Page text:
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In Calgary, Antonella Fanella notes that the community worshiped at Our Lady of Perpetual Help and St. Mary's and St. Joseph's Parish when Italian priests were available.  In 1963, Monsignor Angelo Sacchi, the first permanent Scalabrinian came and said Mass at St. Paul's Parish in Italian.  Working with the community, an old Presbyterian Church in Inglewood became La Parrocchia di Sant'Andrea [St. Andrew's Parish].  Fanella writes:

In comparison to the pre-war migrants, who were sporadic in church attendance, the post-war immigrants became closely attached to St. Andrew's.  While they claim to have felt comfortable in the 'English' church, the immigrants needed their own church.  Only an Italian parish could accommodate their special cultural traditions such as compareggio (godparenthood), le feste dei santi (festivals of patron saints), first communion, weddings, or a special mass for a deceased relative in Italy.

The priests had worked in Italian communities in the US and eastern Canada and understood the need to create vehicles for social interaction that would make the church the centre of community life.  They, thus, ministered not only to souls but also bodies.  The church hall became the location for much interaction including meetings of societies as well as weddings, anniversaries and the range of social interaction.  A key society in Edmonton was the Santa Maria Goretti Youth Group.  This allowed young people to meet without parental supervision and was the means for many couples falling in love and marrying.  The priests understood that the family had to be connected to the church so that religious faith and traditions would continue from one generation to the next.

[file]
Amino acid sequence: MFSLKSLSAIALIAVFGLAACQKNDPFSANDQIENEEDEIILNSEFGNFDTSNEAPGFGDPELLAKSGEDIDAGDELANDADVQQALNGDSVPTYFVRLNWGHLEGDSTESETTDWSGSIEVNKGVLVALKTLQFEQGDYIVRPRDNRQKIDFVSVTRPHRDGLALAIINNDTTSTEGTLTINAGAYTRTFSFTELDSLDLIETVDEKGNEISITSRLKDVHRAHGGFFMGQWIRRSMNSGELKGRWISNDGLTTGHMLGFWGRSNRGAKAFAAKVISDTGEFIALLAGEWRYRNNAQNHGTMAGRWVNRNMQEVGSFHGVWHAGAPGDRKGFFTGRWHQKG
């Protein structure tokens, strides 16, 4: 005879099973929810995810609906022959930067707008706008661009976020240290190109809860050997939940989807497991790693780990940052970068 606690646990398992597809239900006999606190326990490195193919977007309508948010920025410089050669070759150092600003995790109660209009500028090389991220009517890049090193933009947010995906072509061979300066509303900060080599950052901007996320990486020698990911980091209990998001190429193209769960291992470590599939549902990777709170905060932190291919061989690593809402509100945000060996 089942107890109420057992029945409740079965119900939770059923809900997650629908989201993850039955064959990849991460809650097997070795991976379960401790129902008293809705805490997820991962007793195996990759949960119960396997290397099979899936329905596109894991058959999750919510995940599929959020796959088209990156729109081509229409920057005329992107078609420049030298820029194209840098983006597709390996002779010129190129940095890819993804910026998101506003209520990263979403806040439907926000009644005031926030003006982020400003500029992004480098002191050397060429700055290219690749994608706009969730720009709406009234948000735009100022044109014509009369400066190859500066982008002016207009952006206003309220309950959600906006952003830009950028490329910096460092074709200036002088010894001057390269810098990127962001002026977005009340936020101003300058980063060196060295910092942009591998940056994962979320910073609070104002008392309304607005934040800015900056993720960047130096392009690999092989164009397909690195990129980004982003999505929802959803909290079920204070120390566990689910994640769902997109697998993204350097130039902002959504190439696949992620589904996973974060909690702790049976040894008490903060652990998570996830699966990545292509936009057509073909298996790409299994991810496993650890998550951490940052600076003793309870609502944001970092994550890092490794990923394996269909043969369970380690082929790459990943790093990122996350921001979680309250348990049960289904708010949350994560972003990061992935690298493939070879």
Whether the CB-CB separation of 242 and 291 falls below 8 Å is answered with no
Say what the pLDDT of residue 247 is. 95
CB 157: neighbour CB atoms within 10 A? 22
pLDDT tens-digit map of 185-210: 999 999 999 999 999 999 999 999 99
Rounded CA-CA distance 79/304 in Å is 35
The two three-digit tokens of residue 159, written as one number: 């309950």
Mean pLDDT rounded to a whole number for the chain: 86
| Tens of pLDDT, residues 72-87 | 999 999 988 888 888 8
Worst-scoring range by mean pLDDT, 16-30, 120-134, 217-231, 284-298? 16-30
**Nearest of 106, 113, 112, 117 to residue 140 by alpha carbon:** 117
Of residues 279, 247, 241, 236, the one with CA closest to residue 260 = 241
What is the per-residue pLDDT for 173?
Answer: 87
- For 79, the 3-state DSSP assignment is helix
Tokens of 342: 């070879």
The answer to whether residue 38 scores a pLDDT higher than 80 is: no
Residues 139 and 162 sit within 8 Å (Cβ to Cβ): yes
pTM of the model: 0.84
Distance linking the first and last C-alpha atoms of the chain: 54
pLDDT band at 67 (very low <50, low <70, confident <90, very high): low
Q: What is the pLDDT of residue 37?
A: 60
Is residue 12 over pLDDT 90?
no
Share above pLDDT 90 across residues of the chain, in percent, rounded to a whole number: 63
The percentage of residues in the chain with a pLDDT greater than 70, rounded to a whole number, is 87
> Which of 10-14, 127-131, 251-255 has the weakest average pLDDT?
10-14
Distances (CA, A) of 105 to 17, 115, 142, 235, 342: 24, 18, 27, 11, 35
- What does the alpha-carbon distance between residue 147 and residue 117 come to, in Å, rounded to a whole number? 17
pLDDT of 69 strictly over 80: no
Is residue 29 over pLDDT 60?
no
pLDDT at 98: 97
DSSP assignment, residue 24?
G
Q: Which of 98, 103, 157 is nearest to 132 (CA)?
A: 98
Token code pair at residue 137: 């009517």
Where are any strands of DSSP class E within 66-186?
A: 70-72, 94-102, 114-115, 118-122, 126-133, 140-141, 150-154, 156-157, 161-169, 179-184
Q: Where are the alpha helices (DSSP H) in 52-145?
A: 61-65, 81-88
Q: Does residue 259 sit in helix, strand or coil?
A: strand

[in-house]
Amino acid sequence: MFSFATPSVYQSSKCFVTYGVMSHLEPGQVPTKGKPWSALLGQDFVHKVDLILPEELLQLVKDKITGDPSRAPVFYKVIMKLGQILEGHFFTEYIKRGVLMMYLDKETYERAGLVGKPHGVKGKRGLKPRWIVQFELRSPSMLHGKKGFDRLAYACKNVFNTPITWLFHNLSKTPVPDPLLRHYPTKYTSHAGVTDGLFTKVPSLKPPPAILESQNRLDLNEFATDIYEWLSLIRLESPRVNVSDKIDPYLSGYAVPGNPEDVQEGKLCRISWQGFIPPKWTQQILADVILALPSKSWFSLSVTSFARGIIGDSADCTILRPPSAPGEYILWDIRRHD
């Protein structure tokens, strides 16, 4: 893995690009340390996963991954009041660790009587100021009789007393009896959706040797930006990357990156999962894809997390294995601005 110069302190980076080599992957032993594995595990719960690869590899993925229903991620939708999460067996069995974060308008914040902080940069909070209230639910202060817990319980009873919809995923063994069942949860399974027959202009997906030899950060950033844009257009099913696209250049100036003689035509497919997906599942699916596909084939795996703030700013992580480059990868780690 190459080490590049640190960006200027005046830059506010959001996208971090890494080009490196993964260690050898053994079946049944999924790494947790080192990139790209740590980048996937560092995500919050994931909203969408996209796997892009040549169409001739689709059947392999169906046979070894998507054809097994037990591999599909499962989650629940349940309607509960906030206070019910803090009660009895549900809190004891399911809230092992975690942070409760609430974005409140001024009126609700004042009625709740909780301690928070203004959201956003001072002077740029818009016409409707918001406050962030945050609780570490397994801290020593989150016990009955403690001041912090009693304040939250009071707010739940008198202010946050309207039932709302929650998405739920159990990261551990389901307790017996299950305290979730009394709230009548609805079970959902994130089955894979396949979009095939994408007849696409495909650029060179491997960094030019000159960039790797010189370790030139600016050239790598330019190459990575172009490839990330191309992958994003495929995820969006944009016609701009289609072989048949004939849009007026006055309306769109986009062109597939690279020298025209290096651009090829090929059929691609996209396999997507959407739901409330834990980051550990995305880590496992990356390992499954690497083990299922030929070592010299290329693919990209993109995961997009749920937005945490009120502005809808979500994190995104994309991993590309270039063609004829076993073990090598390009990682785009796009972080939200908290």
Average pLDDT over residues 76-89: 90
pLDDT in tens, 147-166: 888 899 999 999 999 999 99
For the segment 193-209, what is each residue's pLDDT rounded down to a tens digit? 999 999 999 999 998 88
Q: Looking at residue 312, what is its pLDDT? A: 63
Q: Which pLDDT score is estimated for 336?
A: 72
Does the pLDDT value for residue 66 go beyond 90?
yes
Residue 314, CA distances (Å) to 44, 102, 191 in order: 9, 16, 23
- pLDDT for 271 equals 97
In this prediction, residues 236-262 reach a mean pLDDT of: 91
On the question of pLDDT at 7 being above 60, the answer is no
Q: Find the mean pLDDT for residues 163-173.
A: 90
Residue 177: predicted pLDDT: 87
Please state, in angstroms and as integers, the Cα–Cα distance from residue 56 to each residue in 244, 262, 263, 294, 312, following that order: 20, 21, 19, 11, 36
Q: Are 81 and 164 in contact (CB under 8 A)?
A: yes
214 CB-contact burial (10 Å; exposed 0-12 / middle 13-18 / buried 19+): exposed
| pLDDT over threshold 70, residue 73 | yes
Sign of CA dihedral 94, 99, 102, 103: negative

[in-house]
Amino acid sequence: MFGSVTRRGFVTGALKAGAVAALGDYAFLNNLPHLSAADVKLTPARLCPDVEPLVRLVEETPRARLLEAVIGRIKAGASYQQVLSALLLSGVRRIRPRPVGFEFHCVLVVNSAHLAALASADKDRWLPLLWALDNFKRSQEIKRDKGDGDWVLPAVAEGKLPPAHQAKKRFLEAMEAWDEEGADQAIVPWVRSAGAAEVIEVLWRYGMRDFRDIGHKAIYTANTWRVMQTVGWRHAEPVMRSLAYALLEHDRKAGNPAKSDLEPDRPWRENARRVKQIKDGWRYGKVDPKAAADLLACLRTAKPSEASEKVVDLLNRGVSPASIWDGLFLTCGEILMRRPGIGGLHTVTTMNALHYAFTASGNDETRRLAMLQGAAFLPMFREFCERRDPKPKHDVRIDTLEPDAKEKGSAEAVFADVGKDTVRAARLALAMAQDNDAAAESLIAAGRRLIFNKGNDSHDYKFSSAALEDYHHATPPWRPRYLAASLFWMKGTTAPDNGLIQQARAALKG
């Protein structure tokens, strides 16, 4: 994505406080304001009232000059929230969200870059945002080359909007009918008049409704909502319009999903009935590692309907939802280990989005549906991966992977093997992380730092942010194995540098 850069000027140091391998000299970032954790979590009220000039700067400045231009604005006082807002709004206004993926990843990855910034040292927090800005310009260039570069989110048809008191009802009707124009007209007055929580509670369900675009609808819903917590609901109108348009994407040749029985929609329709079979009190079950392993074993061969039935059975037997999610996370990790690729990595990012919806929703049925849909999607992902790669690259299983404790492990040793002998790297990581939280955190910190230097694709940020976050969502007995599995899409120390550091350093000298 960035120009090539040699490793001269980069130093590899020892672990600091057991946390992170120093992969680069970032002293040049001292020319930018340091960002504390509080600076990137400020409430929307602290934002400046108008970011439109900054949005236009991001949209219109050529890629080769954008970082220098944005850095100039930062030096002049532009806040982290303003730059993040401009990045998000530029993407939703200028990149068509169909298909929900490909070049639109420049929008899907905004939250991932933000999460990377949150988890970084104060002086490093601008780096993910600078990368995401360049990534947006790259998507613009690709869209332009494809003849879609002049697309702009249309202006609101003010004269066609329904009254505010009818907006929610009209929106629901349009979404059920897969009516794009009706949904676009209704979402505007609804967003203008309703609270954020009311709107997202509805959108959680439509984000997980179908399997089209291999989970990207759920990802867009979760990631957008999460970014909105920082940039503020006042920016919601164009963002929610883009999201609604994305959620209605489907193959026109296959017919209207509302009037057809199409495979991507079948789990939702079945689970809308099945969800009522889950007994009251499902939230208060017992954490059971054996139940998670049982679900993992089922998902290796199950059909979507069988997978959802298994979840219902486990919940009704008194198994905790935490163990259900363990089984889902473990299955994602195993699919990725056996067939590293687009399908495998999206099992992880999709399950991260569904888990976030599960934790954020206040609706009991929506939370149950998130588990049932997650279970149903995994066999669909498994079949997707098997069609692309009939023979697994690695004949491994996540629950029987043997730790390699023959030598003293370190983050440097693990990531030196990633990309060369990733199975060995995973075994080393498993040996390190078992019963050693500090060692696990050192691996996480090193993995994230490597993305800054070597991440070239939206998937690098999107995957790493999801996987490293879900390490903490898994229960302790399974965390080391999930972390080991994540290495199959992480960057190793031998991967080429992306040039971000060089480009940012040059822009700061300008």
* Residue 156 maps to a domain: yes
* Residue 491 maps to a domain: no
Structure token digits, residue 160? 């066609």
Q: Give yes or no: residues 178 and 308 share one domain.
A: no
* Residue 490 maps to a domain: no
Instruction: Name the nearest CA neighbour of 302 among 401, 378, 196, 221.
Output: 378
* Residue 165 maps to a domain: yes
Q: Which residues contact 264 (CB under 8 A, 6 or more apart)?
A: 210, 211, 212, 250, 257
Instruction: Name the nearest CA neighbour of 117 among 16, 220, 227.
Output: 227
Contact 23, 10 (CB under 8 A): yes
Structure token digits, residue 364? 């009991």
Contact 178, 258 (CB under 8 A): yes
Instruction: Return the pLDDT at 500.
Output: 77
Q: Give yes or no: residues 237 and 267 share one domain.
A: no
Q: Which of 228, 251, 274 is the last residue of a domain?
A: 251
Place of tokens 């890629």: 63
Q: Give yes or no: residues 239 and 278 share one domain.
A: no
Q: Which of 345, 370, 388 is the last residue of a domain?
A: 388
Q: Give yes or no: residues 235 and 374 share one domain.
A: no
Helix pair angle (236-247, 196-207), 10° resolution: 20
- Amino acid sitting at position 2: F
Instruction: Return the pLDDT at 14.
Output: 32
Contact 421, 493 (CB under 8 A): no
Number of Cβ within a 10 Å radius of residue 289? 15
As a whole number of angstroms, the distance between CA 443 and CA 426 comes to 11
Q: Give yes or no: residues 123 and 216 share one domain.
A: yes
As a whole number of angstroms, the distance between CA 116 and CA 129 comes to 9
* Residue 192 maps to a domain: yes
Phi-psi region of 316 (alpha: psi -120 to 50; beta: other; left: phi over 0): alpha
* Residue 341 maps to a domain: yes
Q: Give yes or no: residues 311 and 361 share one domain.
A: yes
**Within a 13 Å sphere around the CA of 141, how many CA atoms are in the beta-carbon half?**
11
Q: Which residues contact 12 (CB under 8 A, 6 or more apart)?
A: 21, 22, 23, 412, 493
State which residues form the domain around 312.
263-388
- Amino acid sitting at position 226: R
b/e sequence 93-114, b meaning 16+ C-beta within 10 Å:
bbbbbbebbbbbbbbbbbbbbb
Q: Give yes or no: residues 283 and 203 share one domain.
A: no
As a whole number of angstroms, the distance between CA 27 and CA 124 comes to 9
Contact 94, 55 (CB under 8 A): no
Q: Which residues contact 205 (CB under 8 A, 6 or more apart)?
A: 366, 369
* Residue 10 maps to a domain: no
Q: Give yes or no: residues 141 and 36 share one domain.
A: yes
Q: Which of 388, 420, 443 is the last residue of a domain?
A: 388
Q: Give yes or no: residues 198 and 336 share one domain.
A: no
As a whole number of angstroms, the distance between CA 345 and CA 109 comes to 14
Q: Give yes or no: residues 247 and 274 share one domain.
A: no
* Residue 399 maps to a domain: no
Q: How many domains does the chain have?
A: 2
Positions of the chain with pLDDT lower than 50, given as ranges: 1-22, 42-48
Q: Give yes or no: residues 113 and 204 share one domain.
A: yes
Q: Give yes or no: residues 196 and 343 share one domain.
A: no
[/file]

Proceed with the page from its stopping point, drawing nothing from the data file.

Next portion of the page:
The Scalibrini order in 2002 made the decision to leave Santa Maria Goretti Parish in Edmonton and hand over the Church to the Archdiocese of Edmonton.  It's priests are aging and their founding mission is no longer relevants.  In fact, their contemporary focus is on needy parishes in Latin America.  The impact on Edmonton's Italian community, if an Italian priest cannot be found, could be significant.  But this is the challenge that established ethnocultural communities face.  How can religion, customs and traditions be kept relevant when the impetus to bring people together for reasons of being alien in a strange land no longer exist. As well, the general movement away from religious worship to secularization impacts on Italian parishes.  Many Italian-Canadians only go to Mass at Christmas and Easter when the church is packed.  The rest of the time, it is the elderly who populate the pews.

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